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Katherine "Kay" Shepard, PT, PhD, FAPTA, a physical therapy leader whose influence can be felt in nearly every corner of the profession, has died. She was 83.

Referred to by many who knew her as "the Margaret Mead of the physical therapy profession," Shepard paired her love of physical therapy with an abiding interest in social psychology, a combination that helped her become a strong advocate for consideration of the patient's social and emotional environment in any treatment plan. Her wide-ranging intellectual curiosity also helped her become a leading voice in supporting the exploration of complementary techniques to improve the effectiveness of physical therapy and patient outcomes.

Born in Skaneateles, New York, Shepard earned her first degree, in psychology, from Hood College in Frederick, Maryland. Before she had even graduated from Hood, she entered the physical therapy program at Ithaca College. After earning her physical therapy degree, she worked briefly at what is now known as Helen Hayes Hospital in Haverstraw, New York, and eventually pursued additional education at Stanford University. There, she earned two master's degrees — one in sociology and one in physical therapy — and went on to receive a PhD in the sociology of education after completing a dissertation that explored the role of small-group interviews for applicants to physical therapy education programs. At the time she received her PhD in the late 1970s, Shepard was among the fewer than 1% of physical therapists in the United States to hold the degree.

During her career as a researcher and educator, Shepard authored or co-authored more than 60 papers, book chapters, and textbooks. She was also instrumental in the development of the first-ever plan to foster professional writing skills in physical therapy.

For many whose personal and professional lives were touched by her, however, Shepard's influence reached far beyond publications. She was known as an inspirational educator who was committed to nurturing the clinical and research capabilities of her students in her roles as assistant professor at Stanford and professor at Temple University. She was also widely considered a pioneer in the integration of the behavioral sciences in the physical therapist education curriculum, and the introduction of concepts of qualitative research methods into the profession. Shepard's legacy in qualitative research lives on in the annual Kay Shepard Qualitative Research Symposium offered annually at the APTA Combined Sections Meeting by the APTA Academy of Research.

A member of APTA since 1962, Shepard's list of association-related honors and awards reflects her far-reaching impact. In addition to being named a Catherine Worthingham Fellow in 1989, Shepard delivered the 38th Mary McMillan Lecture in 2007 and the inaugural Polly Cerasoli Lecture in 1998. She received the Lucy Blair Service Award (1993), the Dorothy Baethke-Eleanor J. Carlin Award for Excellence in Academic Teaching (1988), the Dorothy Briggs Memorial Scientific Inquiry Award (1980), and the Jules M. Rothstein Golden Pen Award for Scientific Writing (1989). Her volunteer roles at APTA included service as associate editor for PTJ: Physical Therapy & Rehabilitation Journal and participation on the APTA Education Committee, the Task Force on Entry-Level Education, the APTA Awards Committee, the Advisory Panel on Research, and the Task Force on Research Planning. Shepard also served as a member of the APTA House of Delegates 1990-91 and was a respected leader at the Commission on Accreditation in Physical Therapy Education, serving as a site team leader and as a consultant for candidacy programs.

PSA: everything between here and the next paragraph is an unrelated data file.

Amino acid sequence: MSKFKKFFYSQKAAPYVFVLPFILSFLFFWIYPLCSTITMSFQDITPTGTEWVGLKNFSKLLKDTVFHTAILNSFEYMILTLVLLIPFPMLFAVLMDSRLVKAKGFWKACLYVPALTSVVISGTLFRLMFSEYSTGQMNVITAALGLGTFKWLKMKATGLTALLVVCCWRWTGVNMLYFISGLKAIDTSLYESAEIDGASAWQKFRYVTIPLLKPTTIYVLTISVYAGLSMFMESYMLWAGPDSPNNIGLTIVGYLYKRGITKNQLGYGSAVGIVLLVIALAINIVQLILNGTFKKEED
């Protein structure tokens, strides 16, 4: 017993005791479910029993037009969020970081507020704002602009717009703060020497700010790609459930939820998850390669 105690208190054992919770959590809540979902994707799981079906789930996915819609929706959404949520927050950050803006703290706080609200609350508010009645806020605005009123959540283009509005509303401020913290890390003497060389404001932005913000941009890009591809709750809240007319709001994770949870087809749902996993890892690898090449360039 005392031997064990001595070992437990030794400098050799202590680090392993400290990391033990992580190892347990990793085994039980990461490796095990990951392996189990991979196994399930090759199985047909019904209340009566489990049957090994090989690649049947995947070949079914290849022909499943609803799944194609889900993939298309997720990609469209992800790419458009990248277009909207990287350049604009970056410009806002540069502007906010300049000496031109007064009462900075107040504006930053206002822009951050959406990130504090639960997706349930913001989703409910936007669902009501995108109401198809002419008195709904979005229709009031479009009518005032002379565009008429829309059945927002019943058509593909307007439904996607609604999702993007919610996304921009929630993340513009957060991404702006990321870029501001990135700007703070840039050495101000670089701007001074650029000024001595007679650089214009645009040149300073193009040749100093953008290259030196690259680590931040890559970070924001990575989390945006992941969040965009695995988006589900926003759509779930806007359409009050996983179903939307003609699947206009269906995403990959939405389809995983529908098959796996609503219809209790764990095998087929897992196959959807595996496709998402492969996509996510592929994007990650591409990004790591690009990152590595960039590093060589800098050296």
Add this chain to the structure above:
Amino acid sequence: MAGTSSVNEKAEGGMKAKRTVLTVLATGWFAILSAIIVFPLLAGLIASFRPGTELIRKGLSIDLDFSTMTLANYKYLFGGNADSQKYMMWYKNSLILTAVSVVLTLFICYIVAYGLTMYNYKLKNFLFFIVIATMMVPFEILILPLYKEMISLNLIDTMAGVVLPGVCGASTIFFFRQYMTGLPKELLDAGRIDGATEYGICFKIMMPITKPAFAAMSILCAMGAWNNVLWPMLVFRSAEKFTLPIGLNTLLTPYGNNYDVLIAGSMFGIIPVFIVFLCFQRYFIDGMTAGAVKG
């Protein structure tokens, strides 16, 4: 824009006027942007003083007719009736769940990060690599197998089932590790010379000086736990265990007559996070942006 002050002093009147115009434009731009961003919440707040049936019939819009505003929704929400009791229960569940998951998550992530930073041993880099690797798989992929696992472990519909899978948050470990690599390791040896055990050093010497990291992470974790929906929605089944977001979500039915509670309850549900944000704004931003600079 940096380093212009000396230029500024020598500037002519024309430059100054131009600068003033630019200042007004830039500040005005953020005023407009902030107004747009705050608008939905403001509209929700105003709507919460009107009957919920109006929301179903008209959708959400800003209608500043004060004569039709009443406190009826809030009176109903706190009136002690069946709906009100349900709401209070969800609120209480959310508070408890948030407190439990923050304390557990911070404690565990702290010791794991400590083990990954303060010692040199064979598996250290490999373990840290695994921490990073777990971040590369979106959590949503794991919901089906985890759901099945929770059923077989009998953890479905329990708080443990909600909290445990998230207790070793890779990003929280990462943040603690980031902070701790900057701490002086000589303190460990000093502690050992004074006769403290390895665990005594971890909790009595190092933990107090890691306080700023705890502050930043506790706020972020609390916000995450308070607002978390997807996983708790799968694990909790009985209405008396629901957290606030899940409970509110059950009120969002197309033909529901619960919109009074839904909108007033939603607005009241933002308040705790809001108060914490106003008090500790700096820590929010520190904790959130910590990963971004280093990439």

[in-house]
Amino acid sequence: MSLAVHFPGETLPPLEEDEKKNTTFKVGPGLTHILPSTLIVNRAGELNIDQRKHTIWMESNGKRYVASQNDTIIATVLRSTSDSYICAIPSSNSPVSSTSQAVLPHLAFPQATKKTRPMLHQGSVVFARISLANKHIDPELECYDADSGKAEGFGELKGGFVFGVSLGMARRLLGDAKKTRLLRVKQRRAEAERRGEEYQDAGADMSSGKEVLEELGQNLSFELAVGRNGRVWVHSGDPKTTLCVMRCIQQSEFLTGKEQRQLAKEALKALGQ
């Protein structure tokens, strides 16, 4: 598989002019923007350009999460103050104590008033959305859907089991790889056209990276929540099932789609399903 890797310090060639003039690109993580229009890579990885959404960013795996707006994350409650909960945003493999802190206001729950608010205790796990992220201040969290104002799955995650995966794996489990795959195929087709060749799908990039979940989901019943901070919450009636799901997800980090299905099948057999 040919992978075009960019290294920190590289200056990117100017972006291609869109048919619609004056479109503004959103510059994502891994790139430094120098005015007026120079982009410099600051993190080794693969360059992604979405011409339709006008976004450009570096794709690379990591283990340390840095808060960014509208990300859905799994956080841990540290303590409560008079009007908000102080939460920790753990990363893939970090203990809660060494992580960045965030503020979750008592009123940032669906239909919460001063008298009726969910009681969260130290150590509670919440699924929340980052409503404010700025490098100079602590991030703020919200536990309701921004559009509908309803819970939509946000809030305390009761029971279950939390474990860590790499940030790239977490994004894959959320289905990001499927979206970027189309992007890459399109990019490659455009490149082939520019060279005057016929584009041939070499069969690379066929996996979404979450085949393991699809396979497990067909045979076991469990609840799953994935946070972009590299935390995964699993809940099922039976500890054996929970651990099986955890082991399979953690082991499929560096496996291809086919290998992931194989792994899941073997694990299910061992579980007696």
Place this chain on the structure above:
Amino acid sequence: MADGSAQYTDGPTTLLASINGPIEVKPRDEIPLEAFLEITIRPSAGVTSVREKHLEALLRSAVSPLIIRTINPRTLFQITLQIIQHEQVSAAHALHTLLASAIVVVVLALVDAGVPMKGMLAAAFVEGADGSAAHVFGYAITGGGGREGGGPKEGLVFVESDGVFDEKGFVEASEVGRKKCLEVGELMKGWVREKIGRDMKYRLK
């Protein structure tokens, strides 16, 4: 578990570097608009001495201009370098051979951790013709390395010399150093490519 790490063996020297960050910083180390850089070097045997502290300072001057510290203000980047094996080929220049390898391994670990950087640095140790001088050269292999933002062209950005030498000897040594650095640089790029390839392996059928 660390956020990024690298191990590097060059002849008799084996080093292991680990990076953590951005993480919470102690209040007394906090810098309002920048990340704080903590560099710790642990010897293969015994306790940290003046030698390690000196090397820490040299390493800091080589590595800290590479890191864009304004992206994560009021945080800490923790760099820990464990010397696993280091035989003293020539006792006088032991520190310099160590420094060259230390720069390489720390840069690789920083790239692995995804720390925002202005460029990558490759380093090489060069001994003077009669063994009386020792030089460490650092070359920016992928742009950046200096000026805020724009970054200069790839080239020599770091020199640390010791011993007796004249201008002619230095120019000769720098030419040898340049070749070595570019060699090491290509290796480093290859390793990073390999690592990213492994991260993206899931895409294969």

Even after years of recognition, Shepard's commitment to service to others remained her personal source of pride, a perspective she shared in an oral history conducted in 2000.

"I think the thing I'm most proud of is the number of students' lives I have been truly privileged to touch," Shepard said. "In West Point there's a tradition of a Long Gray Line, and I feel like I'm part of this long blue and gold line that goes on forever, and that if I've done anything, it's to leave the people behind me coming along that have grown and grown in ways that have felt good and strong and powerful, standing on their feet, ready to contribute to the world and feeling good about themselves."

Shepard is survived by her partner Rose Lopopolo, PT, PhD. At this time, plans for a celebration of Shepard's life, to be held somewhere along the beaches of her much-loved Sanibel Island in Florida, are being developed. Those wishing to celebrate Shepard's life are encouraged to make a donation to charity in lieu of flowers. Shepard was a supporter of World Central Kitchen which accepts online donations.


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